The choice to grow large plants in large containers or small plants in small containers resides with the grower and is most often influenced by his or her methodologies—although, it is sometimes dictated by the facility design or the situation. (Read more about container size in part II of this series in the May issue of Cannabis Business Times.)

Regardless of your preferences, always consider the pluses and minuses of all of your options regarding container type, size and associated costs.

6. Don’t forget to incorporate automation.

Legalization has enabled legitimate cultivation-equipment manufacturers to design, market and sell equipment to cannabis producers—from potting machines to conveyor belts to trimming machines and more—and also for producers to seek investment, making it possible for them to purchase automation equipment. With wholesale margins for cannabis dropping at a rapid rate, cultivators must seek out automation methodologies to minimize labor costs.

7. Know your prospective facility's water availability.

Many factors determine a potential property's viability for horticultural use. Besides power availability, water availability is also a major determining factor. Water composition, storage, filtration, sterilization capabilities and the water source’s GPH availability must also be considered. And don’t forget to consider whether you have the ability to collect, capture and reuse all water including water collected from the greenhouse roof. (Read more about resource availability in the April issue of Cannabis Business Times.)

8. Consider added security features in remote locations.

Large-scale greenhouses are being constructed predominately in remote/rural agricultural areas. Remote locations, however, require time to reach, and law enforcement works on a priority basis; therefore, cultivators should design their facilities with security measures to slow down thieves as much as possible and give law enforcement ample time to arrive. Whether that means incorporating secure double-fencing, audible alarms or a combination of technologies, find what works best for your location and budget.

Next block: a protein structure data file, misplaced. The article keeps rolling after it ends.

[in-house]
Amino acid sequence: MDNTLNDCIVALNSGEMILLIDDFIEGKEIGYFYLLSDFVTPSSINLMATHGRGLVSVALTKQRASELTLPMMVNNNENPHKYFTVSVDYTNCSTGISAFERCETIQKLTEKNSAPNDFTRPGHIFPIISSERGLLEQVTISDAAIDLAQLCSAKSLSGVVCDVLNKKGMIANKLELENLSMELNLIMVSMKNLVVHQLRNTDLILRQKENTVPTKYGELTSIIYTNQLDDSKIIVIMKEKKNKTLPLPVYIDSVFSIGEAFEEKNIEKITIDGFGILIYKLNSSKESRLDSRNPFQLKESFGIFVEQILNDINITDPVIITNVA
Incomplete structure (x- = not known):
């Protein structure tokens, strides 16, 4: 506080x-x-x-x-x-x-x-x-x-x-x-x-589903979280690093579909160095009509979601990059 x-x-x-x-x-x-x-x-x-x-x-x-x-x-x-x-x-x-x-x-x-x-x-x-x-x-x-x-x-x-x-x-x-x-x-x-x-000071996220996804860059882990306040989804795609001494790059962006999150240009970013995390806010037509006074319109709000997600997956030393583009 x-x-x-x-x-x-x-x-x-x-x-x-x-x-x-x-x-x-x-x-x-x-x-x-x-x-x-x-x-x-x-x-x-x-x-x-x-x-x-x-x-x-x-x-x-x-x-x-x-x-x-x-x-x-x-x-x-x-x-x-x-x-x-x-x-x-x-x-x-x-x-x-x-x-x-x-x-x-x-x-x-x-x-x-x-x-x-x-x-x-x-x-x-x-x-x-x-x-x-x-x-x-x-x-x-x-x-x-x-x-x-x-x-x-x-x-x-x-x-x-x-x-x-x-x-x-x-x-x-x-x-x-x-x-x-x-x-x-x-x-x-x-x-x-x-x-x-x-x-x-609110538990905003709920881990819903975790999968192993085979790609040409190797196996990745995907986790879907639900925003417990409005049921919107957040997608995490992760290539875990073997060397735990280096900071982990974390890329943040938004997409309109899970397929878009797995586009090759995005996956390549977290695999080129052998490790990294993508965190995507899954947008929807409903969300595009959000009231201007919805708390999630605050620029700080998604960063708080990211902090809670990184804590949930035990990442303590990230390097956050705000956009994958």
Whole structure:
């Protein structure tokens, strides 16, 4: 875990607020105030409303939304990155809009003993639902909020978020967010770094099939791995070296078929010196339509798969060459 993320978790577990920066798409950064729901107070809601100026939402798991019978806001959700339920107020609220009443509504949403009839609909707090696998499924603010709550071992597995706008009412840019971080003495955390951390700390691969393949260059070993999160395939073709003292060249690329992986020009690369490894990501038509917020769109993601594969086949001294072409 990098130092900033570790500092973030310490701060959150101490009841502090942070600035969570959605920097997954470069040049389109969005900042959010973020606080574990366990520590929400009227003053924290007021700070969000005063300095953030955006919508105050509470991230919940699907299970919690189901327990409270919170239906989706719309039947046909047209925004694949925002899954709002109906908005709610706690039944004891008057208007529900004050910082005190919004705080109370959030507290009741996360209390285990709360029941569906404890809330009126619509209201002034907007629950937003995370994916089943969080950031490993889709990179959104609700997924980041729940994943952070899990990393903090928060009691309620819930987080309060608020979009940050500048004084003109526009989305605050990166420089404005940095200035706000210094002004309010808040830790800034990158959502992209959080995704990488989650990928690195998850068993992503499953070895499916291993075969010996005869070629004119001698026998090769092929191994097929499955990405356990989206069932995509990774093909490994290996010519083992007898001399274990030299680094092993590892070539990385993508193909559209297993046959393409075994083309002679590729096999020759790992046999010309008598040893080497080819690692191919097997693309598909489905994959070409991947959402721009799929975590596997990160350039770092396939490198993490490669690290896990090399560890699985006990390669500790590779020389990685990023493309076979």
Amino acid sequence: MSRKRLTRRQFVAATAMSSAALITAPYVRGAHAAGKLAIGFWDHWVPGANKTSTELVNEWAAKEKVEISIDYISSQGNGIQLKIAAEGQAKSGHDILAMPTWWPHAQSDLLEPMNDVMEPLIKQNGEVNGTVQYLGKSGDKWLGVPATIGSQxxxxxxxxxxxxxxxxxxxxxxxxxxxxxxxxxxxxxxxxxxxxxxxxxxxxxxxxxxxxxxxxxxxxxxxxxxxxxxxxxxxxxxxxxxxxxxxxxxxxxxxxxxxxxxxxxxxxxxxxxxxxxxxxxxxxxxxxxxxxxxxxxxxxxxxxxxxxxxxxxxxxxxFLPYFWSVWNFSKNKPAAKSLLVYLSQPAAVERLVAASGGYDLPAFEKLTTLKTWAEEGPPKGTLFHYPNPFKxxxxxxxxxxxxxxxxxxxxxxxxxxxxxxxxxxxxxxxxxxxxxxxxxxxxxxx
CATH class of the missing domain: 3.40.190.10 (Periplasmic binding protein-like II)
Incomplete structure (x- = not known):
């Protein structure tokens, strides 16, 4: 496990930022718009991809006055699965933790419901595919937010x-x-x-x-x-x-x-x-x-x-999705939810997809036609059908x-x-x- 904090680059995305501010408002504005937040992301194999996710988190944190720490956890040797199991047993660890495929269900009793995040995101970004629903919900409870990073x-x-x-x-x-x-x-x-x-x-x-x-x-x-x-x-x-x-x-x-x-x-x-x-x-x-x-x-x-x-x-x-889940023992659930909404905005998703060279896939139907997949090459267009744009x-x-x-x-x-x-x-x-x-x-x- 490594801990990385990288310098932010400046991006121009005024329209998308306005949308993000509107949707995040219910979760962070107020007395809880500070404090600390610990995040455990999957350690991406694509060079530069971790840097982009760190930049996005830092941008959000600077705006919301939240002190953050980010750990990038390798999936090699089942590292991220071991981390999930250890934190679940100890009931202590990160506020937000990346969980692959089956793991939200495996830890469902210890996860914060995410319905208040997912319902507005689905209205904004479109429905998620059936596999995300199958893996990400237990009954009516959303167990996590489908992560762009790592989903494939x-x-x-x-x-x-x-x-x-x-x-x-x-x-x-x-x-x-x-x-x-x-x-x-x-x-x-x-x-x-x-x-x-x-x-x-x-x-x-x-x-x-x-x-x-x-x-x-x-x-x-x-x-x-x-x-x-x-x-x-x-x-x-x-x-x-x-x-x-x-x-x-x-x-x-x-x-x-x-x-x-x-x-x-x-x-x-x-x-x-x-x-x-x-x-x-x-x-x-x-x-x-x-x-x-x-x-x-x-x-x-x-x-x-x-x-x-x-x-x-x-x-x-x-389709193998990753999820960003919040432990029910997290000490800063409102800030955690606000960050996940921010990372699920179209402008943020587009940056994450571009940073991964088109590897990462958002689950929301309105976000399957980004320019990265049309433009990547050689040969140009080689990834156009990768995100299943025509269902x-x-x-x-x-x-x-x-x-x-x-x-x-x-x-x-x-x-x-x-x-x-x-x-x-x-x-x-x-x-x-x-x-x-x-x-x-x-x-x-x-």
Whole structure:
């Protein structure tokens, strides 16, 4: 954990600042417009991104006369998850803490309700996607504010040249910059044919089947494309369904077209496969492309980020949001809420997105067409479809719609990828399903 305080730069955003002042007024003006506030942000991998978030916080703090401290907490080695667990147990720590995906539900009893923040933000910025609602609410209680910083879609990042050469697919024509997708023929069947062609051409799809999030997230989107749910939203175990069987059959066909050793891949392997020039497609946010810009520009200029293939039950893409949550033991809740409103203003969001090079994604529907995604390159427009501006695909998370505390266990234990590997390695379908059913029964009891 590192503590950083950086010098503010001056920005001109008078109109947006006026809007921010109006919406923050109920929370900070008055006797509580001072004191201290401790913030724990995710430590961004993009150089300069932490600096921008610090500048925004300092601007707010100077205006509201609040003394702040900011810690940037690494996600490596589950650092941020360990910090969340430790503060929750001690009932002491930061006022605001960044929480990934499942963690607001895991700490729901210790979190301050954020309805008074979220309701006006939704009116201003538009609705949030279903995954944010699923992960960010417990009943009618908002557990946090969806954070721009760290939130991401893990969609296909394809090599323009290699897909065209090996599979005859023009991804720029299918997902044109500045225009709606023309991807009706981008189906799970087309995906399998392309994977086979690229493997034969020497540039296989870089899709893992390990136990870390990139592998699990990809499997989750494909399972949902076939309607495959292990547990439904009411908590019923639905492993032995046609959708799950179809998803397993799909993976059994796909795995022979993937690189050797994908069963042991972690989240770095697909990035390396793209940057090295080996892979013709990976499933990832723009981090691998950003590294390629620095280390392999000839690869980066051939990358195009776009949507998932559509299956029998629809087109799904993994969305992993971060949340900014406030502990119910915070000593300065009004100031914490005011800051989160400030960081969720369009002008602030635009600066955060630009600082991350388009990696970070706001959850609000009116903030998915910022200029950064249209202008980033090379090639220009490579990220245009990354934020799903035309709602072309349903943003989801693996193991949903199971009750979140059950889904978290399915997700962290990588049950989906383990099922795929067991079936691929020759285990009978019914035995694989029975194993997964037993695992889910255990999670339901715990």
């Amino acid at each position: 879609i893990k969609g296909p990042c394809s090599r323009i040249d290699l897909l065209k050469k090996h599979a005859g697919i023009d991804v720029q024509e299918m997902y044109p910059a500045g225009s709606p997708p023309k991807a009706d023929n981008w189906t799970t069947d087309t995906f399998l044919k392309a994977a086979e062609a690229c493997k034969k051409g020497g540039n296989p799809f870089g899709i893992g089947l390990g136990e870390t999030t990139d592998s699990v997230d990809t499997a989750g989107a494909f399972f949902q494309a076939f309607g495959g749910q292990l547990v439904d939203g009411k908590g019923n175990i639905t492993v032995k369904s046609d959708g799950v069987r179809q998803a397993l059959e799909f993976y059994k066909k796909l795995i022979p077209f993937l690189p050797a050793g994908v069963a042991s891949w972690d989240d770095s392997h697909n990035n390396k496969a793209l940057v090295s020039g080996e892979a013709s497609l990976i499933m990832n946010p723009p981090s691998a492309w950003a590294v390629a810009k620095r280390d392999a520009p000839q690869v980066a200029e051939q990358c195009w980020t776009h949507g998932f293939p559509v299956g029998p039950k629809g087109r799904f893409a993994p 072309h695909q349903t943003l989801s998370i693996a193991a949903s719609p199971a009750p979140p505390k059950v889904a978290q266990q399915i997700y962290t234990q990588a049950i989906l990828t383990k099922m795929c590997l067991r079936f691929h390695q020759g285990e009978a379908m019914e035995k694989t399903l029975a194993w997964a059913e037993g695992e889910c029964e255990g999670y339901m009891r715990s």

These seedlings were all planted by machine, using one employee. See tip #6 for more on automation.
Photo by Kenneth Morrow

9. Dedicate a cleaning and equipment-decontamination area.

The first part of this series explored the need for employee-decontamination areas, but dedicated equipment-decontamination areas are also essential for any cultivation facility. It is imperative to be able to thoroughly disinfect all equipment with minimal labor. This includes overhead boom sprayers as well as floor drains that allow employees to spray, scrub and rinse equipment efficiently.

10. Think about product storage.

After working hard to produce good product, it makes perfect sense to store it properly in a purpose-built storage area. Subzero walk-in freezers are preferred for storing dried and cured raw cannabis, material intended for extraction or finished extractions. Therefore, when designing your facility, consider incorporating a large subzero storage area, preferably near the extraction, drying/curing and packaging areas to minimize distance traveled by employees each day.

Kenneth Morrow is an author, consultant; owner of Trichome Technologies™. Facebook: TrichomeTechnologies Instagram: Trichome Technologies k.trichometechnologies@gmail.com